PHASE I: By the end of Phase I the successful applicant will have: (i) Conceptualized the assay to include potential targets of dengue verse other related flavivirus specificity and demonstrate with design and data package supporting claims of specificity. (ii) Conceptualized and defined the target assay characteristics including a) biospecimen type (e.g. blood, sera), biospecimen volume required and proposed route of access (e.g. fingerstick, 1mL of sera derived from venipuncture); b) analyte of interest (e.g. antibody class) and method of detection; c) envisaged assay read out (e.g. colorimetric, digital); d) anticipated field operating characteristics including assay thermostability, cold chain requirements, necessary reagents, and operator skill required to perform and interpret the assay; and e) crude cost estimate for each assay unit (iii) Developed technological milestones for the full development of this assay (iv) Outlined a set of performance goals for the validation of this assay, including in-vitro validations and subsequent clinical validations (iv) Explicitly described the target protein(s), antigen(s) or antibody(s) or other analytical target, including their reproducible functional and structural characteristics While the awardee is expected to select an appropriate target analyte, they are strongly encouraged to co-ordinate the choice of antigen/antibody with the COR Specifically, the awardee will have: • Performed the assay in a research laboratory setting and demonstrated that it can be performed without any laboratory infrastructure (i.e., demonstrated the feasibility of point-of-care use). • Performed the assay in a research laboratory setting and demonstrated the feasibility of using only a relatively small amount of biospecimen which would be readily available in a point-of-care setting (using a small amount of biospecimen) to detect the analyte. • Evaluated the prototype product on a pilot panel of flavi-virus exposed and unexposed biological specimens available through the COR 

PHASE II: The Phase II deliverables will include: (i) Construction and demonstration of the operation of the assay prototype (ii) A detailed plan for clinical validation (iii) Performance of a clinical validation of the assay on archived or prospectively collected bio-specimens from humans and higher order animals with known exposure to DENV, ZIKV, other flaviviruses and flavivirus vaccines already determined by gold-standard methods. This validation will include metrics of assay validity and reliability, with estimates of uncertainty around these metrics. This validation must address the broad genetic and antigenic diversity of DENV by global location. The expected performance parameters would be a sensitivity greater than 90% and a specificity greater than 90%, although the target performance characteristics may depend on the setting of use (see Phase III) and the pre-test probability of disease exposure and can be coordinated and refined with the COR.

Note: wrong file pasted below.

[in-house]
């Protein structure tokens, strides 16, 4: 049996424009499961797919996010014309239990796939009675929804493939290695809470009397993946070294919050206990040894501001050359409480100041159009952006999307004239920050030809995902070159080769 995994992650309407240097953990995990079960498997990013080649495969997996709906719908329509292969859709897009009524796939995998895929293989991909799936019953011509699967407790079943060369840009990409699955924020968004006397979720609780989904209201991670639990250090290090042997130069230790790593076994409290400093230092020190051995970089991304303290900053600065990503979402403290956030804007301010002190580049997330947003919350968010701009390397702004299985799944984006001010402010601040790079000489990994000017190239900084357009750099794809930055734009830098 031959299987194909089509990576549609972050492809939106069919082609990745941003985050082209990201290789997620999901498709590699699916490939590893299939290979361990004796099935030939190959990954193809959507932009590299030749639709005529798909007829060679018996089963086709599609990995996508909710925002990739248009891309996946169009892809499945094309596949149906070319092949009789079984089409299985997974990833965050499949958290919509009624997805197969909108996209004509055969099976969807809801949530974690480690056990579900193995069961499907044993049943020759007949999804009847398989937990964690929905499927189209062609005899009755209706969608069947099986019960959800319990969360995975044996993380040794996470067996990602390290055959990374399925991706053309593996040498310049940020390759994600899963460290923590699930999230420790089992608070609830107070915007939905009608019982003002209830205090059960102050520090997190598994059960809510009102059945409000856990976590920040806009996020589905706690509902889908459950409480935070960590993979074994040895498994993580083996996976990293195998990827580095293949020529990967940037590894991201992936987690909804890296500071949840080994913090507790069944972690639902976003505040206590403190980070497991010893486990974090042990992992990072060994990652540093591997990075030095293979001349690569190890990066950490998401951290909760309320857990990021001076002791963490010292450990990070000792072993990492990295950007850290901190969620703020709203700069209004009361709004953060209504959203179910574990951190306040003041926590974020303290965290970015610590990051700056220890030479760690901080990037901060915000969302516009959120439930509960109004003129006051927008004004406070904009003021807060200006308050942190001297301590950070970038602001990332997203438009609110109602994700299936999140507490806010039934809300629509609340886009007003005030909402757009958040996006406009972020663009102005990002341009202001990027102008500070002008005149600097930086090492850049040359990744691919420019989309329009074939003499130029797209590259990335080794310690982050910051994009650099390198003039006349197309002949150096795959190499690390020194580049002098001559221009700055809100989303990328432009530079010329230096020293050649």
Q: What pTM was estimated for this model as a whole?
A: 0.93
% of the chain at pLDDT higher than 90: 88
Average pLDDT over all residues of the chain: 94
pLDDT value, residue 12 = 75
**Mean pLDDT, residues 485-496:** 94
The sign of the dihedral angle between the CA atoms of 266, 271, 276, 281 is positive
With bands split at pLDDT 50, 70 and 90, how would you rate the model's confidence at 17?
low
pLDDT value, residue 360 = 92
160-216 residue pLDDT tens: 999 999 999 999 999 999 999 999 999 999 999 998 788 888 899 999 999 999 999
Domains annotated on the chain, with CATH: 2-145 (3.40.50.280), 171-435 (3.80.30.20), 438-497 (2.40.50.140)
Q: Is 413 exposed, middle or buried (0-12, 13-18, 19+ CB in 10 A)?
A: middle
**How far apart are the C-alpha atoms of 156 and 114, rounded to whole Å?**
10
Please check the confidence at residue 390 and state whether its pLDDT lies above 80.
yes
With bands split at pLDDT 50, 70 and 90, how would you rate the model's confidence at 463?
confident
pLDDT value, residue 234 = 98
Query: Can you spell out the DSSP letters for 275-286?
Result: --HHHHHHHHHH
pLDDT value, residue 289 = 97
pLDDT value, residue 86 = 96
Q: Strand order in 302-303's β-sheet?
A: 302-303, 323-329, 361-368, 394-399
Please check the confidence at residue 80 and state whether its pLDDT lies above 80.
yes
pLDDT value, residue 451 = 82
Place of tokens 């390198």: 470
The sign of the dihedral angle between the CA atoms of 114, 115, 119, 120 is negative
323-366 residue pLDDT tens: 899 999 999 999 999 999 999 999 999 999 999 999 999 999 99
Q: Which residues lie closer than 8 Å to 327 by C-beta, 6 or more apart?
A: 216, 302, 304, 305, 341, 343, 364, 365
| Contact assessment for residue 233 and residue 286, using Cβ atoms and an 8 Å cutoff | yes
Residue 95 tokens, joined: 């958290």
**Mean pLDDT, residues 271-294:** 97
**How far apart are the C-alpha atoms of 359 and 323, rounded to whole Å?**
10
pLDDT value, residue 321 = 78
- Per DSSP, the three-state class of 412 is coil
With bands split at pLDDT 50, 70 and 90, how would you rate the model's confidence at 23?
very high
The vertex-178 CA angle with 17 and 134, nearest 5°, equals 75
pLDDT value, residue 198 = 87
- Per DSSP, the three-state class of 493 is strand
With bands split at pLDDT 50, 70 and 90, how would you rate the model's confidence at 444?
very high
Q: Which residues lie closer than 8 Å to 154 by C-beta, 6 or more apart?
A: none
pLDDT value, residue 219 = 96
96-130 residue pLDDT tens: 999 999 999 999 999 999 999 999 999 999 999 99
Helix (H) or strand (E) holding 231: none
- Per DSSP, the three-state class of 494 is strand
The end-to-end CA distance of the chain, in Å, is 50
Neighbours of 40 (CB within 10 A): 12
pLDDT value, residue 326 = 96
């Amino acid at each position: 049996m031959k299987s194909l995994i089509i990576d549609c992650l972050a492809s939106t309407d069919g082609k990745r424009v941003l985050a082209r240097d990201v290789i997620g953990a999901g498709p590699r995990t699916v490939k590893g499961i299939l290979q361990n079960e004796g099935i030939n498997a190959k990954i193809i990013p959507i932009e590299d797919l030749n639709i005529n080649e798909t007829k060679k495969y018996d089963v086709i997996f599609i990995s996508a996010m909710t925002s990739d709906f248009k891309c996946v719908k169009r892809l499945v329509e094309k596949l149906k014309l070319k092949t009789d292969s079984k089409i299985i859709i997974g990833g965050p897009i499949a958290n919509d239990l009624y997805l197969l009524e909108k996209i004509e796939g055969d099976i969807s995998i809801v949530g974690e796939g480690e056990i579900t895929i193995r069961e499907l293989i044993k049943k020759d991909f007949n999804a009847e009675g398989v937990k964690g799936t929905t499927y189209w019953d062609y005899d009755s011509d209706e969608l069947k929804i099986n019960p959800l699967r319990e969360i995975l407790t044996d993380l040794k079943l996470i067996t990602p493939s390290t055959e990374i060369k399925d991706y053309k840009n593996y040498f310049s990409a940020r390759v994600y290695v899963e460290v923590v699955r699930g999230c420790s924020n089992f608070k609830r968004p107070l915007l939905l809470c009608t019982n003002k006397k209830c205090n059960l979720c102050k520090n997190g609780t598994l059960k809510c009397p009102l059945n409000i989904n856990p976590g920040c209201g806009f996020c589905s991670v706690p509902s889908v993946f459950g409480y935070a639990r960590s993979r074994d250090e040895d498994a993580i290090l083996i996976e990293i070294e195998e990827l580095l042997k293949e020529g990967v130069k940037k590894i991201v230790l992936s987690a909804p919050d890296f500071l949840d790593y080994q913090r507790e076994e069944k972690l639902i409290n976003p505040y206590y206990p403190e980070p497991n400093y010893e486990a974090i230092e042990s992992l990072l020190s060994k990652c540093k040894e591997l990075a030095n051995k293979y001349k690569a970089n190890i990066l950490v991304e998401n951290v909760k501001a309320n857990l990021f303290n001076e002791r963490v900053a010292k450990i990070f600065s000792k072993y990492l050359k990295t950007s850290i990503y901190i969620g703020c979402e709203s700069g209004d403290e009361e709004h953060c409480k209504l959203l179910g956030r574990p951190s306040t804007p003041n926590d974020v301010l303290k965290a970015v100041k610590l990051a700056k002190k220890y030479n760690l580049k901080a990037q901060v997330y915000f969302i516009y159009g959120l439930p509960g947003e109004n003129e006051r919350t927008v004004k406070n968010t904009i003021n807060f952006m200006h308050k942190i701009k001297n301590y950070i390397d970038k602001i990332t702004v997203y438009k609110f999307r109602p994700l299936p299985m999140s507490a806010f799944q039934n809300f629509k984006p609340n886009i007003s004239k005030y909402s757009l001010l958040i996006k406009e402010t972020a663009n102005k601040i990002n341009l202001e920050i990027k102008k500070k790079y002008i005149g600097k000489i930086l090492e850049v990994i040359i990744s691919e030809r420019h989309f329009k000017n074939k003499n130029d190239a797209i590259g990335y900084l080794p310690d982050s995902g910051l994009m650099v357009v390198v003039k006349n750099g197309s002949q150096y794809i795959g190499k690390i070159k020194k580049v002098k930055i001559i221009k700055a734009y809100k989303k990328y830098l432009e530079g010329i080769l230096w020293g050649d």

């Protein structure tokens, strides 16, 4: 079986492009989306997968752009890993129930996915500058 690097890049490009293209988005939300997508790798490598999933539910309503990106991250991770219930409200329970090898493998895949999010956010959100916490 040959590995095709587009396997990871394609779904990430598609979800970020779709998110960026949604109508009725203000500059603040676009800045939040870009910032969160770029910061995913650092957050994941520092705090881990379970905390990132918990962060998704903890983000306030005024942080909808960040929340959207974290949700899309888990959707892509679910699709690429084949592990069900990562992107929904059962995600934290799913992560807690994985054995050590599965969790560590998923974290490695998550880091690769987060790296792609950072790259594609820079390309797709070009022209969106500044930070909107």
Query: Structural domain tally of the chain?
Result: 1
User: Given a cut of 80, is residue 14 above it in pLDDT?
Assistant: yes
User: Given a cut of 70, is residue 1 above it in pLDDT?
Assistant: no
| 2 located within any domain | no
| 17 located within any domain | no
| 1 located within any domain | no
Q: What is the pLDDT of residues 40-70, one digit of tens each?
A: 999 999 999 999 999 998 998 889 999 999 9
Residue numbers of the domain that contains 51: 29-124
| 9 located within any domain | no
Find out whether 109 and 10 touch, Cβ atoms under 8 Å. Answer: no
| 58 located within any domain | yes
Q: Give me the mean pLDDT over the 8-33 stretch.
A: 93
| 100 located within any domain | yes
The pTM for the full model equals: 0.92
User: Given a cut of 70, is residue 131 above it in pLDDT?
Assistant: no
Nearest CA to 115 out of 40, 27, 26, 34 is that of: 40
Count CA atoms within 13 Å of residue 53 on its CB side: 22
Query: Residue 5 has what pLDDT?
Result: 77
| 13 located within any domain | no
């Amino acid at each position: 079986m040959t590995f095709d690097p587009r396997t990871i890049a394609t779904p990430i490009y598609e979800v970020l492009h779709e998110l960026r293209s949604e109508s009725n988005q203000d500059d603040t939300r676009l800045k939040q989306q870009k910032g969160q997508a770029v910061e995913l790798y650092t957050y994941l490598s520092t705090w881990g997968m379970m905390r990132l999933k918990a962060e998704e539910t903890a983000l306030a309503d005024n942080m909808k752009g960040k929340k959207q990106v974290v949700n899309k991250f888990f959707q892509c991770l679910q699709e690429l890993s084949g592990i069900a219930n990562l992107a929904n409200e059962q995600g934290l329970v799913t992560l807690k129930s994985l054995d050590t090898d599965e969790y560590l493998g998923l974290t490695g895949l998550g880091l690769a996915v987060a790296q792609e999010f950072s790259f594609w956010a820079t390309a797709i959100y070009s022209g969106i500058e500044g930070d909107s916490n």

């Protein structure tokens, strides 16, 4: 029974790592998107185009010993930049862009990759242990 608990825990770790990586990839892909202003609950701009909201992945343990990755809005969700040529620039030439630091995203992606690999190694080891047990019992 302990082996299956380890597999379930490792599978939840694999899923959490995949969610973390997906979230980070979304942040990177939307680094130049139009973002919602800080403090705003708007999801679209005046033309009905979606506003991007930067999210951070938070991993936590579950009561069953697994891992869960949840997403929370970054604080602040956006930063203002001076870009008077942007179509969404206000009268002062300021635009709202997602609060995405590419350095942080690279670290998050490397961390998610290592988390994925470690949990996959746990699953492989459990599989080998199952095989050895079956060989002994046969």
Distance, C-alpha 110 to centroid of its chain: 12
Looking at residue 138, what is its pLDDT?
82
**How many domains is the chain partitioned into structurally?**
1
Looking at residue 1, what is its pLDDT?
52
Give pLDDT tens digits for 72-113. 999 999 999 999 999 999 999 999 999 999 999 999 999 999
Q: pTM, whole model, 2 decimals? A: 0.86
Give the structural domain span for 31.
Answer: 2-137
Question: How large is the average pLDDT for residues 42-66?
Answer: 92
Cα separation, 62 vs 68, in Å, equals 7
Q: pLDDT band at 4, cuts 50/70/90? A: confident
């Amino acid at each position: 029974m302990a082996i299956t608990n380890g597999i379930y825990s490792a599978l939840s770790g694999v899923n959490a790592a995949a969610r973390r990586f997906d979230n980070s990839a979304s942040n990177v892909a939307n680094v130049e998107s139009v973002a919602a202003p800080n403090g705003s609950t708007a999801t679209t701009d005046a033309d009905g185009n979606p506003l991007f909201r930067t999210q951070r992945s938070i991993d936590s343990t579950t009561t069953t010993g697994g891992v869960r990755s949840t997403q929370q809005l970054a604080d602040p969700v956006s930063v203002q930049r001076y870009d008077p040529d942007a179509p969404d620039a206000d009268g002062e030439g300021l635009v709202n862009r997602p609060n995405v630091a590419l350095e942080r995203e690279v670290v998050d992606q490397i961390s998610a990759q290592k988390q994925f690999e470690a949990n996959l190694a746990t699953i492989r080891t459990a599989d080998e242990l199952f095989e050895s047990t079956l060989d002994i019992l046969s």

PHASE III: The expected Phase III end-state is an FDA approved, low-cost, point-of-care, closed-system, easy-to-use and easy-to-interpret assay which can be used on a relatively low volume of easily accessible biospecimen. The transfer from research to operational capacity would occur via the biotechnological industry pathway, such that appropriate scale up and feasible unit costs can be accommodated. This end-product would likely be used in vaccination clinics during basic recruit training and/or in vaccination clinics as part of large-scale pre-deployment soldier readiness programs. It is envisaged that this point-of-care test that could be operated by a nurse or other healthcare professional in the office without the need for laboratory expertise. The specific indication would to immediately determine a soldier’s dengue serostatus, permitting an on-the-spot decision about which vaccine product/schedule they need to receive (including a decision whether it is safe for the soldier to receive any dengue vaccine at all). A similar consumer group may be civilians presenting to a travel clinic for pre-travel dengue risk advice and vaccination. This end-product would also be critical for civilian population dengue vaccination programs and we would envisage it would be used on a population scale in dengue endemic regions to facilitate widespread dengue vaccination programs which are projected to greatly reduce the overall burden of dengue in many tropical regions, but which are currently restricted by host serostatus safety concerns. Current guidance from the WHO for the current single licensed dengue vaccine (which is now licensed in over 20 countries) is that the host dengue sero-status should be determined before vaccination [Vannice, Vaccine, 2018]. However, this may be logistically and financially prohibitive in many lower-resource regions, even if recently developed ELISA platforms are extensively validated and approved for diagnostic use [Turner, Trans R Soc Trop Med Hyg. 2018]. This envisaged product would therefore ‘unlock’ the full potential of currently licensed, and perhaps future dengue vaccines, to substantially reduce the burden of this disease. 


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8: 379(4):327-340

9:  Vannice KS, Wilder-Smith A, Barrett ADT, Carrijo K, Cavaleri M, de Silva A, Durbin AP, Endy T, Harris E, Innis BL, Katzelnick LC, Smith PG, Sun W, Thomas SJ, Hombach J. Clinical development and regulatory points for consideration for second-generation live attenuated dengue vaccines. Vaccine. 2018 Jun 7

10: 36(24):3411-3417

KEYWORDS: Dengue Virus, Flaviviruses, Zika Virus, Dengue Vaccines, Diagnostic Assay, Immunoassay, Serostatus, Soldier Lethality